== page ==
Phase 3 trial of duloxetine/Cymbalta for fibromyalgic pain may show benefit for some patients with ME/CFS | 27 August 2015

August 27, 2015

The results of a phase 3, Japanese trial of duloxetine/Cymbalta for pain in patients with Fibromyalgia have been published in the journal Arthritis Research and Therapy. Our medical adviser, DR CHARLES SHEPHERD, says that – while the results were not hugely significant – they may point to benefits for some people with ME/CFS.

Duloxetine (trade name = Cymbalta) is a drug that is normally used to treat depression. It is sometimes used for a generalised anxiety disorder and for stress incontinence.

It acts by normalising an imbalance in two brain chemical transmitters – noradrenaline and serotonin – that can occur in depression.

As with other some types of antidepressant medication – low dose amitriptyline, for example – duloxetine has also been shown to help some people with pain, including both fibromyalgic pain and nerve/neuropathic pain.

Neuropathic pain is often described as a more severe type pain that is burning, shooting and stabbing and often keeps people awake at night. Duloxetine has also been used to treat diabetic neuropathy – where nerve damage causes pain in diabetes.

In the case of pain relief, duloxetine may be acting by calming down parts of the central nervous system that are involved in the assessment of messages about pain and reducing the way in which the brain responds to these messages about pain.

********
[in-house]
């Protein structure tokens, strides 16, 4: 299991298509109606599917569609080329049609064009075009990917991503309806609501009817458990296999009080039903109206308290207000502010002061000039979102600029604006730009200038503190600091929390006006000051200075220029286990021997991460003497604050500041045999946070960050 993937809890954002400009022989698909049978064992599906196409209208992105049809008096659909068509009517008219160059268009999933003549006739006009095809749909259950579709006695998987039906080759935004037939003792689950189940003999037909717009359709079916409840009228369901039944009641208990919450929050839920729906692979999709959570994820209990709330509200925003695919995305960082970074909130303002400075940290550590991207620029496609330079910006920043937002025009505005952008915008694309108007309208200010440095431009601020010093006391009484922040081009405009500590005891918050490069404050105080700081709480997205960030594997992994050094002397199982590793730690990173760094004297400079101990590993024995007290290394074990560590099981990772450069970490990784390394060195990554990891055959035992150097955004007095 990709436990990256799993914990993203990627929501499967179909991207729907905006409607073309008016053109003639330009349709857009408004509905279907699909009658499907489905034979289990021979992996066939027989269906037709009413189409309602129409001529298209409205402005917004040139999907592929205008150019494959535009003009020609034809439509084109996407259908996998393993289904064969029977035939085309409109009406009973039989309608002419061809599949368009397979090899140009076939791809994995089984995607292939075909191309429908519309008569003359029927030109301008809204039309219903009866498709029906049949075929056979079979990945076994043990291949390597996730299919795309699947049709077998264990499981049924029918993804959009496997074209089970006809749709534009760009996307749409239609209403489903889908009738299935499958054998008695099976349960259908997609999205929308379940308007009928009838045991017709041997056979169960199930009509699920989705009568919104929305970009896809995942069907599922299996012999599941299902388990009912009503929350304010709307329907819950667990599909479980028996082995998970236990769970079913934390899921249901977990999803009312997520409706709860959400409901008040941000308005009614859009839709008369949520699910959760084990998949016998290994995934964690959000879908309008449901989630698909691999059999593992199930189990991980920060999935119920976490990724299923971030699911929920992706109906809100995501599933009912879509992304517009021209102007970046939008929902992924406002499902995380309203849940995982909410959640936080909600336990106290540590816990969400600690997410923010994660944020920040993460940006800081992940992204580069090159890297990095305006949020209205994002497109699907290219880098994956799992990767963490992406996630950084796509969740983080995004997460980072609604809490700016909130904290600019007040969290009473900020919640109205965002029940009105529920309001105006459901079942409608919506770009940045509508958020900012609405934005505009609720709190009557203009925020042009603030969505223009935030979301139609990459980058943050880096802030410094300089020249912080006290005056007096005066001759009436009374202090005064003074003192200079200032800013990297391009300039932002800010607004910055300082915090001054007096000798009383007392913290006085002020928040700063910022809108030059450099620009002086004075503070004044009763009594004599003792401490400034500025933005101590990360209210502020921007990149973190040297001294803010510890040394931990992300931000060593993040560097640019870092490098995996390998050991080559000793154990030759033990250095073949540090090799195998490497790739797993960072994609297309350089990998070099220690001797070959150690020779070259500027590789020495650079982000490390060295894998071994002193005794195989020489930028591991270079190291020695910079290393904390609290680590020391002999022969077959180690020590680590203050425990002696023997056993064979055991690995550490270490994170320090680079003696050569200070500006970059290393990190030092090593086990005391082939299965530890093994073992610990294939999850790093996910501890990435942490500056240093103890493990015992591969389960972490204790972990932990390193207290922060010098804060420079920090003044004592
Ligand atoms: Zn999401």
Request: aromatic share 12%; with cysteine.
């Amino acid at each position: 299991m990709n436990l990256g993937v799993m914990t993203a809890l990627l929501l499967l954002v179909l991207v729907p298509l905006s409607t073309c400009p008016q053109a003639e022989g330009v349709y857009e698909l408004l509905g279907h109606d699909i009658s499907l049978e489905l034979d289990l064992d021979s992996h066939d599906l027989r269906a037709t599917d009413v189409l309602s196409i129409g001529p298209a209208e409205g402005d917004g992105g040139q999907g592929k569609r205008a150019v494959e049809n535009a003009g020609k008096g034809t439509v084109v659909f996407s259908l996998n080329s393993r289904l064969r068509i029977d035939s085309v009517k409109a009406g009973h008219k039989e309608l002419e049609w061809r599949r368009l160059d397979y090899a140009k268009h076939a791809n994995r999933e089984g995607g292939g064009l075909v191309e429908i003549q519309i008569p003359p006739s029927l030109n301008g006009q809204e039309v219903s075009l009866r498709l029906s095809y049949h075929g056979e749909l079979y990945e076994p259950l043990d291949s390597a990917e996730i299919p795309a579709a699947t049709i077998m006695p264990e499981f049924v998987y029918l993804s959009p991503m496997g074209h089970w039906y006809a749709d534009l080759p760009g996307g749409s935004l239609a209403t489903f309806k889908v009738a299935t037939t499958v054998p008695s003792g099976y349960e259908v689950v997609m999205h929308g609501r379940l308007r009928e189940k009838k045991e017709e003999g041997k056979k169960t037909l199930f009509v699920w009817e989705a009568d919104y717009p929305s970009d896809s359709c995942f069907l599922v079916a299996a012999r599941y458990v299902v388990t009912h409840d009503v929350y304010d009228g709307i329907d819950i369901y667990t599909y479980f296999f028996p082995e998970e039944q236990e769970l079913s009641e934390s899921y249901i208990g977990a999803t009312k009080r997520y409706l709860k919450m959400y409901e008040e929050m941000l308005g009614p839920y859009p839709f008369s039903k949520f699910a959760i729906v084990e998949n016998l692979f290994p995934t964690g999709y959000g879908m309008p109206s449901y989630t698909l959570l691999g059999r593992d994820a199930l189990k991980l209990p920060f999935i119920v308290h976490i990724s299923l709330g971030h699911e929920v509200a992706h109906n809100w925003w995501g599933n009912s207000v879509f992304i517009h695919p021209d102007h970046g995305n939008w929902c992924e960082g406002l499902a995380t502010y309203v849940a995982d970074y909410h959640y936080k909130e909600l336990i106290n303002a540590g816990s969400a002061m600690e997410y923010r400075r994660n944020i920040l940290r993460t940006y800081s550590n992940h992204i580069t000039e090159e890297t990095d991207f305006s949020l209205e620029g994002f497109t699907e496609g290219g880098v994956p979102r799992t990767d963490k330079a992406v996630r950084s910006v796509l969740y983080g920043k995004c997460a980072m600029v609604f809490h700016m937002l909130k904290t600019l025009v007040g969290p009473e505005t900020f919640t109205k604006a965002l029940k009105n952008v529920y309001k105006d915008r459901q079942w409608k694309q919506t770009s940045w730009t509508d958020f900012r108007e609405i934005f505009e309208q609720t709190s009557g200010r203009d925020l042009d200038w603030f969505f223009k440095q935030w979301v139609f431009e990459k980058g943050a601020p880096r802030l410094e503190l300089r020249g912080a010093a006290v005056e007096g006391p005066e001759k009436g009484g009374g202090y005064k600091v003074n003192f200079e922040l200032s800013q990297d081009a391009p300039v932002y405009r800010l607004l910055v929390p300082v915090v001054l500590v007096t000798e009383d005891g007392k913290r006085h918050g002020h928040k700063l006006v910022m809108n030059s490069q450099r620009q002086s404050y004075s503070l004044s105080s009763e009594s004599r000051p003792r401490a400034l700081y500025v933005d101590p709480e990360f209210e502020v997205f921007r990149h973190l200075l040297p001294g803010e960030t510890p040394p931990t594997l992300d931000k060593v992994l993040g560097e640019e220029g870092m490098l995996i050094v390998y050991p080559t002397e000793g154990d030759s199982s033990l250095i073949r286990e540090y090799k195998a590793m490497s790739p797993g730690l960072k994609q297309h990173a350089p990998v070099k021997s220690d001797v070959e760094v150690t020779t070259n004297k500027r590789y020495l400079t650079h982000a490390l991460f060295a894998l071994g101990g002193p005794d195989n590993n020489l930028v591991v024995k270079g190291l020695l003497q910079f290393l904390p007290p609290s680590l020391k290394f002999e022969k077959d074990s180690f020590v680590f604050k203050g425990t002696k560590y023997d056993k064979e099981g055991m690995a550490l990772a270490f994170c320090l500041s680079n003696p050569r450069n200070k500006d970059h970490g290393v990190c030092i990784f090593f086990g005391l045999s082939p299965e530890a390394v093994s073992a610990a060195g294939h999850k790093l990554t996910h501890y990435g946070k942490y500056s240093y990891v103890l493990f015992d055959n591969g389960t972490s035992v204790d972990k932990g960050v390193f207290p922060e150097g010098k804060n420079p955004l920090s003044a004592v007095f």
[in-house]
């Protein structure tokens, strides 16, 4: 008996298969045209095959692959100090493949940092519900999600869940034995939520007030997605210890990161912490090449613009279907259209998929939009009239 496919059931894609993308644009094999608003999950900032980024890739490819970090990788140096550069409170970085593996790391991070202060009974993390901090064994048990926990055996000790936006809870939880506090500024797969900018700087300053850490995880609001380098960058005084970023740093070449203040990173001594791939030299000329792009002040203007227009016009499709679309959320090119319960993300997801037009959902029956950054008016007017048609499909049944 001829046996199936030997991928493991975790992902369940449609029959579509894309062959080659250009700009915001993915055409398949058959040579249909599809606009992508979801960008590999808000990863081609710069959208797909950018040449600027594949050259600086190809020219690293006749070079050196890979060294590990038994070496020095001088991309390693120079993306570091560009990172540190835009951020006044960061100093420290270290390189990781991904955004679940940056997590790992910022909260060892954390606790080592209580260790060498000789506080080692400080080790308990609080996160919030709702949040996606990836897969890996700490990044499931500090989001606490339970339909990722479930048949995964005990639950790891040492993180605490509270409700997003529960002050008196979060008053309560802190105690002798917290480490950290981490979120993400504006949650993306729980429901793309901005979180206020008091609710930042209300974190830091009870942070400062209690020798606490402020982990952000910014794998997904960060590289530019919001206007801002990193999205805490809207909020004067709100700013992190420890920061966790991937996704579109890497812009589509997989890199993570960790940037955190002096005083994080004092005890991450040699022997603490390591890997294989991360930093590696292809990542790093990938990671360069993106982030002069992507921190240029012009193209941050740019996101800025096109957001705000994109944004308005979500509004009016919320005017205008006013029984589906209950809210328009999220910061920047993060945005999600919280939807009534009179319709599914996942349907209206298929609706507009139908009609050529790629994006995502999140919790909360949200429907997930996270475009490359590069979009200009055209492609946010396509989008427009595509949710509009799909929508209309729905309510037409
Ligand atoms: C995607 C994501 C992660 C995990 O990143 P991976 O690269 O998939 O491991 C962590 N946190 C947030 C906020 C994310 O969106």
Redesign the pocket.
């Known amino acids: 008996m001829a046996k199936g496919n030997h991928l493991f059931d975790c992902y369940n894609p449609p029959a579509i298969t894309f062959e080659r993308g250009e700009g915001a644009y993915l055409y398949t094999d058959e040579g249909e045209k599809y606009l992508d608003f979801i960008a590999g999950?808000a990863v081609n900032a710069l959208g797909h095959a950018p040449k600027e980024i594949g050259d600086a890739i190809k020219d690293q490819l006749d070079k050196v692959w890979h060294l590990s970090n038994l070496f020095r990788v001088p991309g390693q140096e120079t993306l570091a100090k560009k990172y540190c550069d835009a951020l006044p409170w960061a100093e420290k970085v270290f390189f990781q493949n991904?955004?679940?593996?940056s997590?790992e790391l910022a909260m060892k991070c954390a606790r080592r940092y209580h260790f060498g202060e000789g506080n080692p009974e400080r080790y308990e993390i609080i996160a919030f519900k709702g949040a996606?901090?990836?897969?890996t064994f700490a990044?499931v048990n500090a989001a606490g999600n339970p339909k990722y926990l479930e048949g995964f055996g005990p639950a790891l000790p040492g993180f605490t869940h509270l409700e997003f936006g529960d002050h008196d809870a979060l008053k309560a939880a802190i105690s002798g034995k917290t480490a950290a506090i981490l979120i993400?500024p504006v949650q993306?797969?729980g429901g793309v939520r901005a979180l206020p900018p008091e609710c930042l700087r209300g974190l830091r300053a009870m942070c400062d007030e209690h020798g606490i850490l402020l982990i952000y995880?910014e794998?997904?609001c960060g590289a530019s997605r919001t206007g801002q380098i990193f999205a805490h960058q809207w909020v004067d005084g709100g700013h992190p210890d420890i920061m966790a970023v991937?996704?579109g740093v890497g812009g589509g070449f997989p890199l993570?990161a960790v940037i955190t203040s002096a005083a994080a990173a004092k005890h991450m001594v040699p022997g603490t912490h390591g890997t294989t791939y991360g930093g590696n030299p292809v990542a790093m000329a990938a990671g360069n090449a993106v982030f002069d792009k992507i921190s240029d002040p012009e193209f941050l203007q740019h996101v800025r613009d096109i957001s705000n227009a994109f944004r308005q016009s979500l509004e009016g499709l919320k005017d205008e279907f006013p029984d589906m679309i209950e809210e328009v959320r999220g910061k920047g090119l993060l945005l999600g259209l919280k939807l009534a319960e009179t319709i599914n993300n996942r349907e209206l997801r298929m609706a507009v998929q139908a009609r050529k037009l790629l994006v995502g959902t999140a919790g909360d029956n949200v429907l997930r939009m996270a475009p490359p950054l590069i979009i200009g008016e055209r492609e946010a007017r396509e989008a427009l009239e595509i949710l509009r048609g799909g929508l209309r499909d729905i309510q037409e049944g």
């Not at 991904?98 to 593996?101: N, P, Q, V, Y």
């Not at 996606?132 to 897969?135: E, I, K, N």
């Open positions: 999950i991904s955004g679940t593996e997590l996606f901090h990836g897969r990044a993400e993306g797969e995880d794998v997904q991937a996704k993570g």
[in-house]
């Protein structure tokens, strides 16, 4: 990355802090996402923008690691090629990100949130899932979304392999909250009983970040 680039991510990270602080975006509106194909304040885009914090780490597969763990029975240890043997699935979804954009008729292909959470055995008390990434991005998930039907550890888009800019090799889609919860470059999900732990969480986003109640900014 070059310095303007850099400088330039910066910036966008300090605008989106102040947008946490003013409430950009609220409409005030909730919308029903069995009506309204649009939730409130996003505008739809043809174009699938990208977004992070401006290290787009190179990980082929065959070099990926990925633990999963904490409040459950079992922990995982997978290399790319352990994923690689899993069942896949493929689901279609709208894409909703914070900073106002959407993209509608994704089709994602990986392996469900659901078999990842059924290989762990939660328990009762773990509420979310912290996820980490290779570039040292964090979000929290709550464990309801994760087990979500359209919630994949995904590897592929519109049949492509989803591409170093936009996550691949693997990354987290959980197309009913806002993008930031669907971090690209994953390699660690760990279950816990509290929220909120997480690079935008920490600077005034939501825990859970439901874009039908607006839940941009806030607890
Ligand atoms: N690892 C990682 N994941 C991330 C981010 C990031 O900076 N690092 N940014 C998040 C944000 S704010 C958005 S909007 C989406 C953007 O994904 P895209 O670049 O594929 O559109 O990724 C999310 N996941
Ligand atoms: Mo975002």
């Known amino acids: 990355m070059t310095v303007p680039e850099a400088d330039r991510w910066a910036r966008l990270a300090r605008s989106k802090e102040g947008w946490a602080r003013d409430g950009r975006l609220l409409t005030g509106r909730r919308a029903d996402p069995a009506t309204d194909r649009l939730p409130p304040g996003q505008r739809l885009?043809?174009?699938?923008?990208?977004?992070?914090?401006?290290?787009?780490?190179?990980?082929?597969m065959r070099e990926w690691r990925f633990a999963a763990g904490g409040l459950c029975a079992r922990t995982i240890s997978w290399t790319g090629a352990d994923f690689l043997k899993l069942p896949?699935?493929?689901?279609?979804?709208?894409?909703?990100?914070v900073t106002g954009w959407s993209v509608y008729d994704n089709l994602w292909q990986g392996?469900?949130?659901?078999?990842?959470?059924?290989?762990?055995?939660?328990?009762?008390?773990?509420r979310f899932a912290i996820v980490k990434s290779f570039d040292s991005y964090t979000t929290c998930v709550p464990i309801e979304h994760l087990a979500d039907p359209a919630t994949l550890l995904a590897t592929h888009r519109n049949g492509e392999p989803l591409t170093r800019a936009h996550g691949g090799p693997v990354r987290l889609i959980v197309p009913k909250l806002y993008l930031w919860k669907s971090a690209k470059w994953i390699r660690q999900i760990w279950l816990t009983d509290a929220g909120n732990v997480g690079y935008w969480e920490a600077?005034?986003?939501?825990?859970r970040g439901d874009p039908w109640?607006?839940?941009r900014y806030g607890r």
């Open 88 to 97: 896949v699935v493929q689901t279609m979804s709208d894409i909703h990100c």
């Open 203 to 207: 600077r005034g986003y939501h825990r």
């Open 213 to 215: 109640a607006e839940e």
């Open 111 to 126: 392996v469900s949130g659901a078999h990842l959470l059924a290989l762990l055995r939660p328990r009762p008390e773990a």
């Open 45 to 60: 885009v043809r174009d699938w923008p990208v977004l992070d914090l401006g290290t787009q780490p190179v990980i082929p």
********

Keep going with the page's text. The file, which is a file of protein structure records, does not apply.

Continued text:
Fibromyalgia (FM) is a condition which has a number of overlapping symptoms with ME/CFS and produces tender spots in various specific locations around the body – often on both sides in a symmetrical pattern. Some people with ME/CFS have what can be described as a fibromyalgic pain component and some doctors see no real difference between FM and ME/CFS, which means that there is a considerable degree of diagnostic overlap between FM and ME/CFS.

Consequently, any drug treatment that is safe and effective in FM may also be of value for some people with ME/CFS.

As with all antidepressants, duloxetine has side effects which may make it unacceptable.

Common side effects can include headache, drowsiness, nausea, constipation, dizziness, blurred vision, and dry mouth.

Less common side effects include loss of appetite, flushes, raised blood pressure, feeling anxious, feeling shaky and increased sweating.

As with any antidepressant drug, it should not be discontinued abruptly. There should be a gradual reduction in dose over several weeks to prevent withdrawal symptoms.

A number of clinical trials have assessed the use of duloxetine in FM (but not in ME/CFS) and this new study from Japan adds further support to its use as an option for treating fibromyalgic pain.

The Japanese clinical trial was a randomised, double-blind, placebo-controlled, phase 3 study where one group of FM patients received duloxetine (n =197) and the other group (n=197) received a placebo.

Although the results were not astounding, the trial demonstrated a significant improvement in the change of average pain scores from baseline to week 14 and improvement in overall quality of life.

Duloxetine was generally well tolerated in this trial with somnolence, nausea and constipation being the most common side effects.